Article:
Bionda credits her U-19 coach Pat Morris and her parents for putting her into a position to succeed at the next level down in South Carolina, which is something she is still trying to wrap her head around.  

“It feels surreal right now. In just nine months I’ll be packing up my life, moving down to the States and dedicating every second of my days to the sport. I’m really excited to start my life down there,” she said.

Kassidy Morris, a 17-year-old attacker, has signed her national letter of intent to play lacrosse for the University of Massachusetts in Boston.

Morris started playing with and against boys in the local minor lacrosse program when she was just four; today she is a key contributor on and off the field to the Orillia Lady Kings program.

Morris has been a top goal scorer and one of the best players in Ontario at every level. Morris was the captain of Team Ontario last year when they won the U-18 Festival and also played on Team Ontario’s U-19 squad which won a national championship.

The Grade 12 Patrick Fogarty student has dreamt of playing in the NCAA for much of her life.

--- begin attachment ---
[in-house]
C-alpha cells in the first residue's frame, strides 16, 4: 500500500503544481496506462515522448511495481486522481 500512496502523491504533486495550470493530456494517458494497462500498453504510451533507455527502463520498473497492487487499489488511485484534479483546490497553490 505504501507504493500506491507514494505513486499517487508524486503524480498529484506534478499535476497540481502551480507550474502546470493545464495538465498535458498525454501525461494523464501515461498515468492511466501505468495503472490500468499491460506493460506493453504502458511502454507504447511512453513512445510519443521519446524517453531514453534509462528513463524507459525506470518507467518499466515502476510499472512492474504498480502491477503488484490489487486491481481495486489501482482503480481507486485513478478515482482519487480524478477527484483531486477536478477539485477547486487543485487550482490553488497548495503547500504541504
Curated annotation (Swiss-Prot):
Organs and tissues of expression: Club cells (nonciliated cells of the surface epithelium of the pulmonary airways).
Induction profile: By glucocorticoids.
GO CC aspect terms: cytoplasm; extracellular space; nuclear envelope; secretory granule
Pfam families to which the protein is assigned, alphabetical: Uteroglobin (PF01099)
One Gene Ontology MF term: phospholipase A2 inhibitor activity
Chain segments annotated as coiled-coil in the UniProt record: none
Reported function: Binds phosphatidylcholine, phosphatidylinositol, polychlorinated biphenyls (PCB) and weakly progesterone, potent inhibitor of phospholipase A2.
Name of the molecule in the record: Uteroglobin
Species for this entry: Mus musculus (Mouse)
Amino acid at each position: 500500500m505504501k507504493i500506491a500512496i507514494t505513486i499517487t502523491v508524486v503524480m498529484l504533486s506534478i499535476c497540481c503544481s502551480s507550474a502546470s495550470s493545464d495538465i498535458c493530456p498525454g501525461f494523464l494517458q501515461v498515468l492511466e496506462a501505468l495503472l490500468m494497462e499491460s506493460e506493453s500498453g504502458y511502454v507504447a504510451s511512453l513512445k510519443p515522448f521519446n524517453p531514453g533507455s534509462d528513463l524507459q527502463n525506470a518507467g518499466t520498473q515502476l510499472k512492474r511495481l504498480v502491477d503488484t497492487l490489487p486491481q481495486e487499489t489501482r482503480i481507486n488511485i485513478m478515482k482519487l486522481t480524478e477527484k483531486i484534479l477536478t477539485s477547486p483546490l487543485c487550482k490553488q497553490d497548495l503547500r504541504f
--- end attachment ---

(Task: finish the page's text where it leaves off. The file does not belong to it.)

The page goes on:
“It’s been a long time coming and it means everything to me,” Morris said.

“I started making my list of schools where I wanted to go in Grade 7. I’ve made athletic resumes and portfolios and sent them out to coaches, it’s been a lot of hard work," she said.

To make the dream even more special, Morris will get to play lacrosse and attend post-secondary school in the city that she’s always dreamt of living in.

“Boston has always been my favourite city in the world and when I went there for my official visit, I had a feeling that this is the place I really belong,” Morris said.

Morris also credits a lot of her success to the OLK program which has helped her develop into the goal-scoring star that she is today.

“When I first started there wasn’t a girls' team and then Orillia Lady Kings evolved and there was a lot of help from the organization to develop me through the years and it helped me get to this point. I owe it all to Orillia Lady Kings,” she said.

Emma Torkoff, a 16-year-old midfielder, has made her commitment to play for the University at Albany in New York.